Want to get pregnant? Reducing your stress could make all the difference to your chances of conceiving.
We all know that stress isn’t good for you. But it may not only make you feel tense or disturb your sleep: it can also reduce your fertility. Several studies have shown that stress can reduce the chances of conceiving and increase the chances of miscarriage. A study in Texas of more than 500 women, found that those who exhibited the highest levels of stress markers in their saliva were 29% less likely to conceive naturally within 12 months than those showing lower stress markers.
This can be true of men as well as women. A study of 193 men in Northern California found that those who had been through two or more stressful life events in the last year had fewer normal sperm and reduced sperm motility, compared with the men who had not suffered any stressful life events in the previous 12 months. Although workplace stress did not directly affect semen quality, the researchers found that those who experienced job strains had lower levels of the hormone testosterone in their semen, which could affect their reproductive health.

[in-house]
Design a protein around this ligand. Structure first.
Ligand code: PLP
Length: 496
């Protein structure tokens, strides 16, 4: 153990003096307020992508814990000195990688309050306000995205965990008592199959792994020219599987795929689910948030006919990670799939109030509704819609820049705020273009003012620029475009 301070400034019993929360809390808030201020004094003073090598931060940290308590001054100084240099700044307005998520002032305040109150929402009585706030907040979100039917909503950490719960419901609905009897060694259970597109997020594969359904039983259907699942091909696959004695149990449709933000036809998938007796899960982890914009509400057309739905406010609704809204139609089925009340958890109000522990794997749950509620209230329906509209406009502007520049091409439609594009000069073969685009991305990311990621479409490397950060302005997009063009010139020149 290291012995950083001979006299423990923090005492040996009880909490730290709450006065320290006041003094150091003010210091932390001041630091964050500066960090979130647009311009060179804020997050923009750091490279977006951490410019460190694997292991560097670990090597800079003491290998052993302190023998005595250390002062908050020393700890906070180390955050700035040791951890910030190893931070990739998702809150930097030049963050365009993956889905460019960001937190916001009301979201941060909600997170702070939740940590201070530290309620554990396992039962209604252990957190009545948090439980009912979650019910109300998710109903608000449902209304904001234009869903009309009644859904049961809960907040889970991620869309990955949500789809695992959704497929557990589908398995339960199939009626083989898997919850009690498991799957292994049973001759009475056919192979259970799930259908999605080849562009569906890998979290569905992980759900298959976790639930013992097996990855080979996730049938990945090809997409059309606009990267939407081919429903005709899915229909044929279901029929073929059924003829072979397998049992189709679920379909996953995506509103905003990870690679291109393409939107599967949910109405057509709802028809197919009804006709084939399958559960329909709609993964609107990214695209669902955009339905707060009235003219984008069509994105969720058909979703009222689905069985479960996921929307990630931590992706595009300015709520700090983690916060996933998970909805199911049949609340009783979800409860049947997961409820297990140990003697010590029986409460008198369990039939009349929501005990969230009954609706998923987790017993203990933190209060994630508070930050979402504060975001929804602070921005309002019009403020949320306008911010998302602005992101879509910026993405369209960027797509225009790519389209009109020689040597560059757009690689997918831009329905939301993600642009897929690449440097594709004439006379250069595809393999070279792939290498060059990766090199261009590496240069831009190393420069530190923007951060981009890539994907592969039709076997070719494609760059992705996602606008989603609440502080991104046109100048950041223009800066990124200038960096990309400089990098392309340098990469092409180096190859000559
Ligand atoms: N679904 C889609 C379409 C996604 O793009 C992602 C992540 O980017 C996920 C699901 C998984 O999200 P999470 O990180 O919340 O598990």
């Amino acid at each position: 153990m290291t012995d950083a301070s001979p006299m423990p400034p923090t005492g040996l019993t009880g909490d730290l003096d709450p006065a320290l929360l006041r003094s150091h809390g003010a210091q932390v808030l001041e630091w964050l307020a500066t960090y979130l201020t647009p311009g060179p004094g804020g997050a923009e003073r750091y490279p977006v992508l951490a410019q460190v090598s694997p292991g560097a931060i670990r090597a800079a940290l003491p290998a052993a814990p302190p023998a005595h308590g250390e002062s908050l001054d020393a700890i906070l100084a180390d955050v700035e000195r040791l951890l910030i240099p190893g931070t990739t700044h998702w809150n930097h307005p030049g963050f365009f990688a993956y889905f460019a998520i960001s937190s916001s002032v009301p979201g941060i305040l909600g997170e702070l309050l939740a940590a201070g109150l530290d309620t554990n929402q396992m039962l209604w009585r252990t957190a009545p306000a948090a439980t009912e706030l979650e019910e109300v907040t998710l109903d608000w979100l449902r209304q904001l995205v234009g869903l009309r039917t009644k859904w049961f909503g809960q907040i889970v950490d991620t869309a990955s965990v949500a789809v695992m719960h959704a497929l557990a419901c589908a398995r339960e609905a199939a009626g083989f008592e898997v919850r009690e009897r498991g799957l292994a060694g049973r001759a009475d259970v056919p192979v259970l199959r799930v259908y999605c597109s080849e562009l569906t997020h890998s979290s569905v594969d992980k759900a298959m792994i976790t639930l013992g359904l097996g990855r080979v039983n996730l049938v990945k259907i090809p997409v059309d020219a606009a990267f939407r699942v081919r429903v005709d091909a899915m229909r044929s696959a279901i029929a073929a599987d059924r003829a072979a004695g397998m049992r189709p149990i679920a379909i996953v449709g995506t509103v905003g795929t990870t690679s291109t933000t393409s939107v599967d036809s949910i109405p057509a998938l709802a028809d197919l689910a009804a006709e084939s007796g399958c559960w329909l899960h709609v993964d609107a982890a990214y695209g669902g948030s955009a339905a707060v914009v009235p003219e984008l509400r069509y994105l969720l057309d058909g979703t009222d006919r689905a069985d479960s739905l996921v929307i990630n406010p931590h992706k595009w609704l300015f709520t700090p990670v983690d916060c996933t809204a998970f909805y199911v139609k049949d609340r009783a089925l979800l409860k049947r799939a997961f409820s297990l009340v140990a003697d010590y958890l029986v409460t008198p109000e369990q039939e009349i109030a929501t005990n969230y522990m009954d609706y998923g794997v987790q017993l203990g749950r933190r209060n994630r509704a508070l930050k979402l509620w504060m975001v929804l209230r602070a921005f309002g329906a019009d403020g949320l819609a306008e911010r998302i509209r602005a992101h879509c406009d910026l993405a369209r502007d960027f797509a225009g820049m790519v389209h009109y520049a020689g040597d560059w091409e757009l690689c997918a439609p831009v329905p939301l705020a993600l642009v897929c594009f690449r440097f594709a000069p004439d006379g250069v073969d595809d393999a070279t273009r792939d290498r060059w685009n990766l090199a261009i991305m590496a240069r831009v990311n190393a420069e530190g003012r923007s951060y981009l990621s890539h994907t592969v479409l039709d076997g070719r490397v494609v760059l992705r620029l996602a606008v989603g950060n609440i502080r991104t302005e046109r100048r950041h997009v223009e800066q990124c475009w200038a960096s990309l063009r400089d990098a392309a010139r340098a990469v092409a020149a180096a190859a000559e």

Not only can stress reduce your chance of conceiving, acute stress during pregnancy can affect how your baby grows or even, in extreme cases, lead to a premature birth. But there is good news, research has shown that the right psychological support can help infertile women to conceive.
Stress is a natural part of life, but removing stressful factors that you don’t have to live with while learning successful methods for coping with the things you can’t change, will improve your chances of getting pregnant and your enjoyment of your pregnancy.
Lifestyle and fertility articles
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